As for this latter example taken from KJV vs. NIV version of Romans 8:1… can you see at this point, how certain critical and relevant messages that could have provided guidance to greatly benefit the Body, have gotten lost “in translation?”
So though we believe that ultimately, the Holy Ghost will guide the sincere seekers no matter which translation of Bible is used, nonetheless, we thank you for bearing with us here, as we continue with the King James Version (KJV). Also, after studying the specialized articles at Message of the Lighthouse taken from Scripture, especially those by Pastor G. Evan Newmyer in the Study Resource area, your passion may deepen for the good old-fashioned KJV as mine has, especially after a few more of these important distinctions are explained.
It was quite a revelation to me when I first learned of the differences between Versions of the Bible; and with Rev. Newmyer’s help, it has become easier and easier to read and understand the King James Bible, even with the “Old English” present.
Holy Ghost vs. Holy Spirit: There is one more example of mis-translation, that comes to mind, but worth mentioning here. In the original, authorized King James Version (KJV), you will find the term “Holy Ghost” mentioned over 80 times, while the term “Holy Spirit” is only mentioned about 7 times. However, many of the newer translations of the Bible have eliminated the term “Holy Ghost” altogether and instead we only find references to the “Holy Spirit.”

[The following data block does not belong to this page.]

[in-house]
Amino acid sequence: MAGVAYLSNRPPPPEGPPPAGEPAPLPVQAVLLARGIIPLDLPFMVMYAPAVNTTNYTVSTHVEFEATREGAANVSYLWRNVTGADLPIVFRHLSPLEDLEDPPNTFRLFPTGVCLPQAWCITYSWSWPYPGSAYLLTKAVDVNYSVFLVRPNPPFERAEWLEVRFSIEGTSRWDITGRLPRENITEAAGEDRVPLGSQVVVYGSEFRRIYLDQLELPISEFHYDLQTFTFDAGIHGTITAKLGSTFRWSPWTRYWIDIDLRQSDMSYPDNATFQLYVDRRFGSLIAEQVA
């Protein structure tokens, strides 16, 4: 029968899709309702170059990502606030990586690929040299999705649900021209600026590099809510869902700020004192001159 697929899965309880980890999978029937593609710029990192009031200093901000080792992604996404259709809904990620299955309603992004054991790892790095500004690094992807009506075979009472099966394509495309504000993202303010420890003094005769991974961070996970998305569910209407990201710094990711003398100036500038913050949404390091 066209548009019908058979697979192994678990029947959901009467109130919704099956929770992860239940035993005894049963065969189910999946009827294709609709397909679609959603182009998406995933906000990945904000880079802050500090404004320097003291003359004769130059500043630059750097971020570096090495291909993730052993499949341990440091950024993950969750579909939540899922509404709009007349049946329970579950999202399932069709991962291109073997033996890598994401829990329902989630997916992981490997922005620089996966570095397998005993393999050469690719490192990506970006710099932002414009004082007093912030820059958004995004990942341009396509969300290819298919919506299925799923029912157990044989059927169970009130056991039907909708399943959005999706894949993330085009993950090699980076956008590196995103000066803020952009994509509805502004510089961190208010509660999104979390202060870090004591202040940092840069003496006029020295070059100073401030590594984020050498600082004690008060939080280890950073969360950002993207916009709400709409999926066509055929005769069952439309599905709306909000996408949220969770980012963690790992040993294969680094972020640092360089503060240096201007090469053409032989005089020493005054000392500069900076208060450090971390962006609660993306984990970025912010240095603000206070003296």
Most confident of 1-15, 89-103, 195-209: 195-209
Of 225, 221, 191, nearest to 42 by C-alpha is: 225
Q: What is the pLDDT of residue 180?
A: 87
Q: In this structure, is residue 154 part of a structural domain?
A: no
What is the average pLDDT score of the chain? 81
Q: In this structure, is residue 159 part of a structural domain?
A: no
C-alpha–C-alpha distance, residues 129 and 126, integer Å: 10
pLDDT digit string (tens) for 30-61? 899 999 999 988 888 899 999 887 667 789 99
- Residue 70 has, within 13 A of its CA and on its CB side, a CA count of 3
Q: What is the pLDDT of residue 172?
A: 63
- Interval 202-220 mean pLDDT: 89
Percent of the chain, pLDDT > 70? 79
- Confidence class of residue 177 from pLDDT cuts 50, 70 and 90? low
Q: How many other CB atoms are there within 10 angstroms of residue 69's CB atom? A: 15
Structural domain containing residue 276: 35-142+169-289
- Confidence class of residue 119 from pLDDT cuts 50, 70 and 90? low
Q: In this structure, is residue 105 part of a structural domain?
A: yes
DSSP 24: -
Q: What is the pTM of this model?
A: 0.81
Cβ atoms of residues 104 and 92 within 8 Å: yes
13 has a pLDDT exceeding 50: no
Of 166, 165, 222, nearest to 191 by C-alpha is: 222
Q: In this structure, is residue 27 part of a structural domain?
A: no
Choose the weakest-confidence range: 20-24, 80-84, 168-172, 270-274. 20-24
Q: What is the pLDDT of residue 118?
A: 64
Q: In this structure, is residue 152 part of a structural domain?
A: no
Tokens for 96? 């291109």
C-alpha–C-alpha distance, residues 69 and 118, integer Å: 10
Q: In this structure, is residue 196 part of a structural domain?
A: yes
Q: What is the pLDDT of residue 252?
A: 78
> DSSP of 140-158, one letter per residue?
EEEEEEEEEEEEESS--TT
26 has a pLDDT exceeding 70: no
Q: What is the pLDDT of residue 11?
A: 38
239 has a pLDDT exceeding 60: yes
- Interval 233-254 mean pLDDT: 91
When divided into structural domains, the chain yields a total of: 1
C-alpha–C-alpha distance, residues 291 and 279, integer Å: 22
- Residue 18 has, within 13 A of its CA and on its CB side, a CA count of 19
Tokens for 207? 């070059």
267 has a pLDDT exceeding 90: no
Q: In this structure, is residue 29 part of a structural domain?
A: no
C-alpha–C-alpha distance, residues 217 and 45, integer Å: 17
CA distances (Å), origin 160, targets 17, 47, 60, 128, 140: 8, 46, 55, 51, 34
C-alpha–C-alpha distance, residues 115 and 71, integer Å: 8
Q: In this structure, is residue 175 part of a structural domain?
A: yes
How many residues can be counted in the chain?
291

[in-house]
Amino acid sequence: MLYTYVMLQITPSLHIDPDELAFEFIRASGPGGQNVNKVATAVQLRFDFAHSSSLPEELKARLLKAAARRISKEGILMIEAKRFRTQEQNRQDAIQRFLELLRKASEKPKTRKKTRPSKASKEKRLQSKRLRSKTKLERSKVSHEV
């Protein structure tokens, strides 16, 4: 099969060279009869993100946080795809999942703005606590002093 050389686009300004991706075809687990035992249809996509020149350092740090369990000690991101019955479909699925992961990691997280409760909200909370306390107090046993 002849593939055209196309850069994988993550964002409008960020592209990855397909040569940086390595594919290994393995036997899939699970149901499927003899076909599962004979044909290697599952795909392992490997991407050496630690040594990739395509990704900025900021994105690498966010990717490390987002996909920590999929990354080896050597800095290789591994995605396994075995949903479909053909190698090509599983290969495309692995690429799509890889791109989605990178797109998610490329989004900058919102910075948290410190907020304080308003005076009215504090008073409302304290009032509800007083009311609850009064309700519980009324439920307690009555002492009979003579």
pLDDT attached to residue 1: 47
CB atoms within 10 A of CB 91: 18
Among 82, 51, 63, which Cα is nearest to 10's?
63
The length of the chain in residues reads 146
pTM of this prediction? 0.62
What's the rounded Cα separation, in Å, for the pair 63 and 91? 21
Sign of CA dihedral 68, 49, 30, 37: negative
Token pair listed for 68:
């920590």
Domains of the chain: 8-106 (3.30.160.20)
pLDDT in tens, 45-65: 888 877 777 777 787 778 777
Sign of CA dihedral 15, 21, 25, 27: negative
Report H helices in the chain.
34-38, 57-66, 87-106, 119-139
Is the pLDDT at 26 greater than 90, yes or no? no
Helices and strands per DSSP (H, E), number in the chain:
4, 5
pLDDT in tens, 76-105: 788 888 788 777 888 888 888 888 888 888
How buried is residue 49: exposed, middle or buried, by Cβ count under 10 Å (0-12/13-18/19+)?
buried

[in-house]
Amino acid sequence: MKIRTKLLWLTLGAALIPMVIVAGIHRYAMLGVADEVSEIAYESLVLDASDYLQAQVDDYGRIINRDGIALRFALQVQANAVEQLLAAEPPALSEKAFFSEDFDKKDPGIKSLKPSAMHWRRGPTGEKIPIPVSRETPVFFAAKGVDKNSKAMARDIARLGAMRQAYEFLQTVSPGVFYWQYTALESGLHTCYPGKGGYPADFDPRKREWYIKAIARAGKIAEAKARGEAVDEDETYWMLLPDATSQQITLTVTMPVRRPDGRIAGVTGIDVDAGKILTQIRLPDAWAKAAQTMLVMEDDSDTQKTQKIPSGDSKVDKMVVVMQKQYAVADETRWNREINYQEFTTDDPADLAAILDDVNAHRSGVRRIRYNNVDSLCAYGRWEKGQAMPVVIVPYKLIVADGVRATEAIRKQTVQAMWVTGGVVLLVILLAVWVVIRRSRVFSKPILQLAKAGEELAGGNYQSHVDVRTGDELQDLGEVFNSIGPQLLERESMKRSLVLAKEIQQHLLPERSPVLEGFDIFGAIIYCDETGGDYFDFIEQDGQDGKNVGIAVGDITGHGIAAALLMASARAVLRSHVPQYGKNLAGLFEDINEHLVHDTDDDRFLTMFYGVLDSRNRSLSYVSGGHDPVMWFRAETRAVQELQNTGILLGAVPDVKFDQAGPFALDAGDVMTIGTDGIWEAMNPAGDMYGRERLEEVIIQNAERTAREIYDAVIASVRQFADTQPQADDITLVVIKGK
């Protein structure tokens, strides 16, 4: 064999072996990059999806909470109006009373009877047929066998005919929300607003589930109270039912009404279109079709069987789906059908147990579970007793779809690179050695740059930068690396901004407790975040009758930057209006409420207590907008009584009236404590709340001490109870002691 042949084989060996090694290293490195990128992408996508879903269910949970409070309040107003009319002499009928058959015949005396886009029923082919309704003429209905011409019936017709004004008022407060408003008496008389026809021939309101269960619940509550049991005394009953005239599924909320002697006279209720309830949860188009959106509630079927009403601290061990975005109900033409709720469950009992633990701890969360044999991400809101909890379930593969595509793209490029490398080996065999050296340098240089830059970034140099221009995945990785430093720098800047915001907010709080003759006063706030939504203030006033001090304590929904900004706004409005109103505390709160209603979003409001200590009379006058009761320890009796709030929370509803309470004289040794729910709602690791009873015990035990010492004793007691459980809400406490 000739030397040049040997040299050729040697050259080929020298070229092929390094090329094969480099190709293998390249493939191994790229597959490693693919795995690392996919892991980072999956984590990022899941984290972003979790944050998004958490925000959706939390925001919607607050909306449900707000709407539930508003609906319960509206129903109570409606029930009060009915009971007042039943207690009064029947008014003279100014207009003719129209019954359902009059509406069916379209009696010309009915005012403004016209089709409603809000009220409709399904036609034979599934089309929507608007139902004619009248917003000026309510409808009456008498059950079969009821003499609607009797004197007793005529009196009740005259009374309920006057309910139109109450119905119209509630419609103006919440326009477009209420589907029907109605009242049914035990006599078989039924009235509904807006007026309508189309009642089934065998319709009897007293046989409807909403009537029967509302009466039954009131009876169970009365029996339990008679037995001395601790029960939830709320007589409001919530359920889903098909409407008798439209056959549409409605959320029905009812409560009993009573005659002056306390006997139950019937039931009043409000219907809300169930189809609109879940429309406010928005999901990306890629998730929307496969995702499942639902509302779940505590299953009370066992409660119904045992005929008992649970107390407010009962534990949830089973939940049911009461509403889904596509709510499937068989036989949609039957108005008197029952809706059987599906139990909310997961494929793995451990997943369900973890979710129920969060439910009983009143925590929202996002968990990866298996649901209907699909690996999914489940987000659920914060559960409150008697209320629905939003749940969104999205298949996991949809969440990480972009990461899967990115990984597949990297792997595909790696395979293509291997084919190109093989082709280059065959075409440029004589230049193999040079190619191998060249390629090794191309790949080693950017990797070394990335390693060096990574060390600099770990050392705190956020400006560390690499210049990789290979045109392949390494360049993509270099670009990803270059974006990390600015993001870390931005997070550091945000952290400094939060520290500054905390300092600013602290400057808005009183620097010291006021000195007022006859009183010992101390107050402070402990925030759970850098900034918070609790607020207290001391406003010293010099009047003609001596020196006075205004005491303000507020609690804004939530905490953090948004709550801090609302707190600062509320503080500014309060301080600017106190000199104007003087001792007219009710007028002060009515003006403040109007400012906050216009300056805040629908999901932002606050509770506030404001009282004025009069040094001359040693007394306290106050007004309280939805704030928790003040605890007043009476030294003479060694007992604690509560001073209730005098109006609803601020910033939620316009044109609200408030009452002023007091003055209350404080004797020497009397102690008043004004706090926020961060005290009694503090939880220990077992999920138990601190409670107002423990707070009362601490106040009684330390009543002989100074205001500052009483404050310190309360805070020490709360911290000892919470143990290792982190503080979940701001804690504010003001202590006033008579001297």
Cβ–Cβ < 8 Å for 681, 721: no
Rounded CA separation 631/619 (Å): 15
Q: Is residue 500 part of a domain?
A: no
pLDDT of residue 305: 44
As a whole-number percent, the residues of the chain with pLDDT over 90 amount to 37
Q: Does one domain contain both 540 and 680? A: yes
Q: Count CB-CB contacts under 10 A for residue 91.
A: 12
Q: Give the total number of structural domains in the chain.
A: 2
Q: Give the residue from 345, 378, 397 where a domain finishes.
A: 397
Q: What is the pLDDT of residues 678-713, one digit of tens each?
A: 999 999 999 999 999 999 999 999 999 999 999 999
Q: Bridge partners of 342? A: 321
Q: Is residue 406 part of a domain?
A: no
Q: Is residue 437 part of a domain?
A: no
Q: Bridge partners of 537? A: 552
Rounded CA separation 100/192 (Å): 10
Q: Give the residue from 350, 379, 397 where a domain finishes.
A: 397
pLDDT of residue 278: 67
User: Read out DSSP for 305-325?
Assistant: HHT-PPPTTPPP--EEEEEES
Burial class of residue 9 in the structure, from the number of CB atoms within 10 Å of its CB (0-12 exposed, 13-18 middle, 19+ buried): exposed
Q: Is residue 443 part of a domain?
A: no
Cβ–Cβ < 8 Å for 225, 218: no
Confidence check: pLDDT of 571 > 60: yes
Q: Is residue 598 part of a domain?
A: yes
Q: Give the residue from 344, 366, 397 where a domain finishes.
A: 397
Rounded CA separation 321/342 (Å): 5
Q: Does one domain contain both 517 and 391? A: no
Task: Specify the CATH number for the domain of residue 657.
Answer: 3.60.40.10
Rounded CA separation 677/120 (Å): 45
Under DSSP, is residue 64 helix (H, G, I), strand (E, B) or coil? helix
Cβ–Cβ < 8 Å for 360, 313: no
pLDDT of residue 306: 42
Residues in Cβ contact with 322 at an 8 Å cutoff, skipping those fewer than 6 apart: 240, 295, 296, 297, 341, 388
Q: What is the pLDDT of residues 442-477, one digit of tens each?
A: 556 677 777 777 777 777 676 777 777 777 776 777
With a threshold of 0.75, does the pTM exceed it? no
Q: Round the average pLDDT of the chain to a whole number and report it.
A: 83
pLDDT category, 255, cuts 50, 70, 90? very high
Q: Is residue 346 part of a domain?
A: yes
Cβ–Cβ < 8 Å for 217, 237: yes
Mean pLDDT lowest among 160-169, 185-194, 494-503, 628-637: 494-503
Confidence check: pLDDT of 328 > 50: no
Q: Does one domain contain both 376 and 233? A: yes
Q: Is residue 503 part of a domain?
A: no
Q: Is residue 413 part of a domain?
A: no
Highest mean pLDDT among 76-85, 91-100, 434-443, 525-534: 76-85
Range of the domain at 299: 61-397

OK, if we all know that there are three elements to the Trinity often mentioned to describe “One God,” then, does it matter which name we give the “Holy Ghost/Holy Spirit? Well, if we understand that the Spirit was not “given” until Pentecost, then the very mention of the Holy Spirit in King James is special indeed, referring to the presence of the Resurrection Power within us, which came as “Grace,” “Greater He,” “The New Man,” etc.
“Concerning his Son Jesus Christ our Lord, which was made of the seed of David according to the flesh: And declared to be the Son of God with Power, according to the spirit of holiness, by the resurrection from the dead. By whom we have received grace and apostleship, for obedience to the faith among all nations, for his name.”
When we read this verse of Romans 1:3-5 (KJV), we see that the Spirit (Spirit of Holiness) and the Resurrection Power are linked.
Understanding what “the Spirit” is, allows us to also grasp what Jesus “brought about” with His sacrifice and glorification. What is even more critical to our growth…. is the point when we realize that the Spirit is the element which helps our souls transform, taking us beyond the limits of the flesh-bound nature.